Four years before they ever met at Black Mountain College, poets Charles Olson and Robert Creeley began a voluminous correspondence. The greatest of Olson’s editors and exegetes, George F. Butterick, argues that “the early letters, especially – and certainly those through 1954 [that is, leading up to Creeley’s arrival at Black Mountain] – stand together as a critical document for understanding the emerging poetics of a generation, as well as, perhaps, of the poetries yet to come.” (1) In the early letters, Butterick continues, ‘they are working out a place for themselves at the frontiers of world writing, cut off by indifference and entrenched interests, seeking to communicate from their respective foxholes.” (2) Olson and Creeley shared the active, sometimes conflicted, influences of Ezra Pound and William Carlos Williams, and through their letters they began to work out what these conflicts and affinities might mean. Black Mountain resonates in Butterick’s summation that “at times it seems they wrote not to entertain, or even instruct, but to survive.” (3) The College too had to fight for survival, and Olson planned a venture that he hoped would ensure its continuation: the “Black Mountain Review”, edited in seven issues from 1954 – 1957. (4)
Olson invited Creeley to Black Mountain primarily to edit this proposed magazine, intended as a means of publicizing the dwindling College. Creeley had already made a number of contacts as an editor, including correspondences with Pound, Williams, and Cid Corman. Though Creeley’s first attempt to found a magazine in New Hampshire in 1950 never came to fruition, much of that material ended up in Corman’s era-defining Origin magazine, which first appeared in spring, 1951. Later on, Creeley would draw on poets featured in Origin for the core contributions to the Black Mountain Review. In the later ’50s, Origin and the “Black Mountain Review” stand as the most significant experimental ‘little magazines’ in the United States, both for publishing important work, and – for Black Mountain – the collaborative design elements, which brought together the range of talents represented at the school.
Martin Duberman notes in his study of Black Mountain that the poets collected in Origin and later the “Black Mountain Review” were “in rebellion against the modalities then dominant in poetry and criticism, [who] had few outlets [for publishing their work].” (5) This points to both the circumstances of many of these poets – like Paul Blackburn, Robert Duncan, and Olson – who found positive critical reception from the poetry establishment elusive, and also to what the “Review” wished to create as “an active, ranging” section for critical writing that would be “prospective” – “would break down habits of ‘subject’ and gain a new experience of context generally.” (6)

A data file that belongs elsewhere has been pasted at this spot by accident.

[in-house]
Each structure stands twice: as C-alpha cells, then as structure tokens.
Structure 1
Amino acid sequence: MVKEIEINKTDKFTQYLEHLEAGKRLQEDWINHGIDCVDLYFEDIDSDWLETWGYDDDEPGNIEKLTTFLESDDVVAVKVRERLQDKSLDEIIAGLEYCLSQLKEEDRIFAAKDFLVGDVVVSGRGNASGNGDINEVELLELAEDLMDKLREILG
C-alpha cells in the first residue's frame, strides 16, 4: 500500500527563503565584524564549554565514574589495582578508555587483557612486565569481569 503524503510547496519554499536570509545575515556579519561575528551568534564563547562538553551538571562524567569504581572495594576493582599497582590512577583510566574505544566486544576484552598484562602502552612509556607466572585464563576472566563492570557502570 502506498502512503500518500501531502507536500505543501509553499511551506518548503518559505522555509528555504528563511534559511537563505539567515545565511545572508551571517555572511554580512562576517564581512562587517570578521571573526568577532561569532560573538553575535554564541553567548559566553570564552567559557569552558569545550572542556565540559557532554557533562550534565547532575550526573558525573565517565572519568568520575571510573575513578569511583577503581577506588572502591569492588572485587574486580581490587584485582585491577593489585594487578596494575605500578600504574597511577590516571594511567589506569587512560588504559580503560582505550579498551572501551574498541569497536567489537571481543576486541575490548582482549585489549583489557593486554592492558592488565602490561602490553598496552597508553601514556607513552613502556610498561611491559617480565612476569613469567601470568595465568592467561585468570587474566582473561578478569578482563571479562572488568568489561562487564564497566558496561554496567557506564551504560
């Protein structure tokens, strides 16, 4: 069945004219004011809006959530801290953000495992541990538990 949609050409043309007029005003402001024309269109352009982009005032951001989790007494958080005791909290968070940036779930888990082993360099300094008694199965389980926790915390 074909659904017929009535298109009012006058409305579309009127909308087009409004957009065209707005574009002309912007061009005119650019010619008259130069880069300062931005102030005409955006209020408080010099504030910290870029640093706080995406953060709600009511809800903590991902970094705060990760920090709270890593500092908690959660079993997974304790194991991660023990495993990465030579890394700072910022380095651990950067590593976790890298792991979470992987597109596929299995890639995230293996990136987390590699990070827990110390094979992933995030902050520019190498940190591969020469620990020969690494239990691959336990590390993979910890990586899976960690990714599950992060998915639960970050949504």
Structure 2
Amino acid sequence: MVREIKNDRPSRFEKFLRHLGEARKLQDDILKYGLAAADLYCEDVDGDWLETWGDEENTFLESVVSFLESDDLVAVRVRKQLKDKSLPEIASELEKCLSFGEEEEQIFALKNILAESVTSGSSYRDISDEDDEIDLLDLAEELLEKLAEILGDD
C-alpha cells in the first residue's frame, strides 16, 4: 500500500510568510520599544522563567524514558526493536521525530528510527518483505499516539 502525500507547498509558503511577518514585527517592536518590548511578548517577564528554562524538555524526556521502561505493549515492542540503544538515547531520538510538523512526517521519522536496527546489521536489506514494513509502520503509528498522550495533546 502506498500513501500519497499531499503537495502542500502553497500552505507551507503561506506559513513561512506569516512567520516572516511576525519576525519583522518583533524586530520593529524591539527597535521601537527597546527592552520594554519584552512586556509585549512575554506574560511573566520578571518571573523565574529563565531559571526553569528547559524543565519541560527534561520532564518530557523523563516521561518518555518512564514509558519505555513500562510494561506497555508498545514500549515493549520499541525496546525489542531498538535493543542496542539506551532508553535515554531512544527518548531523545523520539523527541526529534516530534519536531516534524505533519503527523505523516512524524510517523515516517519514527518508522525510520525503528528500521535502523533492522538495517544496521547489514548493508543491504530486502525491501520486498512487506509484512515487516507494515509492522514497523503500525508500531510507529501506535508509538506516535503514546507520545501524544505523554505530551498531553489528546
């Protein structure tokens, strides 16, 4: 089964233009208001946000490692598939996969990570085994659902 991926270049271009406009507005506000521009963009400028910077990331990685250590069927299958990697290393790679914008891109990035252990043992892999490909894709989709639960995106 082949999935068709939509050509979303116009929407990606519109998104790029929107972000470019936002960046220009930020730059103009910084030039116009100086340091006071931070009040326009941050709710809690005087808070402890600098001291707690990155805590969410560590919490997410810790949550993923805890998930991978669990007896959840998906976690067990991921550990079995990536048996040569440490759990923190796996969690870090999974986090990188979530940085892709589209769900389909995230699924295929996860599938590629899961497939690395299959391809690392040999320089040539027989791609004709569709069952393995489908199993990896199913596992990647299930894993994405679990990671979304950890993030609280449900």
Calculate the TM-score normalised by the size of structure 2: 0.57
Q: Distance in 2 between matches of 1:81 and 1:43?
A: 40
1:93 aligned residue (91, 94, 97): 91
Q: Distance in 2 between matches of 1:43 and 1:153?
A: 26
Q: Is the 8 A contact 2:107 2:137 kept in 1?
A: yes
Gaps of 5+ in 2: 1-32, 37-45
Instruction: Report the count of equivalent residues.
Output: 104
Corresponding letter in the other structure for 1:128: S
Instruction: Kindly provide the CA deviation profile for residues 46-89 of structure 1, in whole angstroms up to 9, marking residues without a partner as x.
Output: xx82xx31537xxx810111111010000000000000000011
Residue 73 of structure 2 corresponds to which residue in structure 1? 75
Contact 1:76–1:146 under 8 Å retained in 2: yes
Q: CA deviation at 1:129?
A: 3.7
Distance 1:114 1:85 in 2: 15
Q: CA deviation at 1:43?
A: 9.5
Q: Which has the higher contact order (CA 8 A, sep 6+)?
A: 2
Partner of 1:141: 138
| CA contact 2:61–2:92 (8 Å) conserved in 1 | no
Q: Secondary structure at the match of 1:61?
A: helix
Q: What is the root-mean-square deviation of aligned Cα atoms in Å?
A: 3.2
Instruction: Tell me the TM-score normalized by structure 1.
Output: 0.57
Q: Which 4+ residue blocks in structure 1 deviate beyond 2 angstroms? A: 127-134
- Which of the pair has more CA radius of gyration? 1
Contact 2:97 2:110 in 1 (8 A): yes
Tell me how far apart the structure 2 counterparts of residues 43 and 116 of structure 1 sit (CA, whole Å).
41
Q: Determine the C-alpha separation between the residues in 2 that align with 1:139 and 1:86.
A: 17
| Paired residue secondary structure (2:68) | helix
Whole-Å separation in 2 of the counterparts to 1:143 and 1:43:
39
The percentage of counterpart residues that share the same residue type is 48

The “Review’s” first four volumes bear covers designed by Japanese artist and poet Katue Kitasono, who was introduced to Creeley by Pound. The images are nearly identical, in triangular geometric shapes spilling down the page. We are reminded, perhaps, of the geometrical shapes of colour that emerge from a Josef Albers canvas. With volume five, and a cover by Los Angeles artist John Altoon, a friend of Creeley’s who had been introduced by Black Mountain student Fielding Dawson, the magazine moves toward a more abstract expressionist type of graphic design. (Another of Olson and Creeley’s students, Michael Rumaker, had complained of the static, unchanging cover of the first four volumes.)
Issue six sees a cover designed by Black Mountain artist Dan Rice. It is minimalist and suggestive of the ‘open field’ poetics of Olson and Duncan. In this issue, Louis Zukofsky’s famous essay on Shakespeare – “Bottom: On Shakespeare – Part Two” – appears, along with a representative group of poets, including Duncan, Creeley, Denise Levertov, Hilda Morely, Lorine Niedecker, and Olson. (Notice, a greater number of women than might be expected from the male-dominated Black Mountain scene.) Duncan’s partner Jess Collins contributed some of his collage works, familiar to the Bay Area art scene of the 1940s and ’50s, which graced the covers of many of Duncan’s books.
The Edward Corbett designed seventh issue expanded the reach and editorial scope of the “Black Mountain Review”, with Allen Ginsberg as co-editor, alongside Creeley. It published works by many of Ginsberg’s Beat Generation cohort in San Francisco and New York, including Jack Kerouac and William Burroughs, and printed Ginsberg’s own unforgettable poem, ‘America.’ This was the only issue not printed in Majorca, where Creeley had set up his Divers Press and where printing costs were comparatively cheap. It was instead printed by poet, photographer, and Black Mountain student Jonathan Williams, whose own Jargon Press published important works of the era revolving primarily around Black Mountain College, including Olson’s “The Maximus Poems I – X”.
Trinity College Dublin / New Dublin Press
1 Butterick, George F. Charles Olson & Robert Creeley: The Complete Correspondence, Vol. I. ‘Introduction.’ Santa Rosa: Black Sparrow Press, 1983. xi (hereafter: ‘Letters’)
2 Letters xv
4 Copies of the Black Mountain Review are held in the collections of the Thomas J. Dodd Research Center at the University of Connecticut. The author has made visits to the Dodd collections to look at BMR and related archives, particularly the Olson / Creeley correspondence and material related to Olson’s work as final rector of the College.
5 Duberman, Martin. Black Mountain: An Exploration in Community. New York: Dutton & Co. 1972. 386 (hereafter: ‘Duberman’)
6 Creeley, Robert. ‘Black Mountain Review.’ Was That a Real Poem & Other Essays. Bolinas: Four Seasons Foundation. 1979. 16-28.